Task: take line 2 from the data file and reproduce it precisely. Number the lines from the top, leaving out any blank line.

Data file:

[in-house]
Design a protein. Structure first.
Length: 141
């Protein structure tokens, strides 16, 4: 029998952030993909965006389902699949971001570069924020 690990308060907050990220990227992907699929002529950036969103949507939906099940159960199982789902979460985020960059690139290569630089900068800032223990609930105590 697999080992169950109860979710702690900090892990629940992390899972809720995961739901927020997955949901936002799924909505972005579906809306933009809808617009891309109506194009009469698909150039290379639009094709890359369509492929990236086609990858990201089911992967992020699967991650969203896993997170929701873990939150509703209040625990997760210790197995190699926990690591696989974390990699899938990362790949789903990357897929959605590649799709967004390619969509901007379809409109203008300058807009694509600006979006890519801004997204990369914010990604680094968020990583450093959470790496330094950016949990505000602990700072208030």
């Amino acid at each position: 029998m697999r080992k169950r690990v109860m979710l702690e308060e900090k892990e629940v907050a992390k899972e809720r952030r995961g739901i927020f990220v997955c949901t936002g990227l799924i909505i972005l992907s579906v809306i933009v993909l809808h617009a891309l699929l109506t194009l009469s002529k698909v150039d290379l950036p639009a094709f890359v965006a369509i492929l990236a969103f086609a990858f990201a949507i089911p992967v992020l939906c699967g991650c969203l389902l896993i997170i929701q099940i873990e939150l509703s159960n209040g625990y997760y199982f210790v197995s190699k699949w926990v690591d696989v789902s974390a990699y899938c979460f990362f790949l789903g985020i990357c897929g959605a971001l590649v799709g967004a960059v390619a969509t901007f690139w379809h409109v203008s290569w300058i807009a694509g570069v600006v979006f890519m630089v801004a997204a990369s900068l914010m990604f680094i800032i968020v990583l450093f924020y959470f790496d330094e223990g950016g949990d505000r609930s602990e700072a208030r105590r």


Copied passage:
Design a protein. Structure first.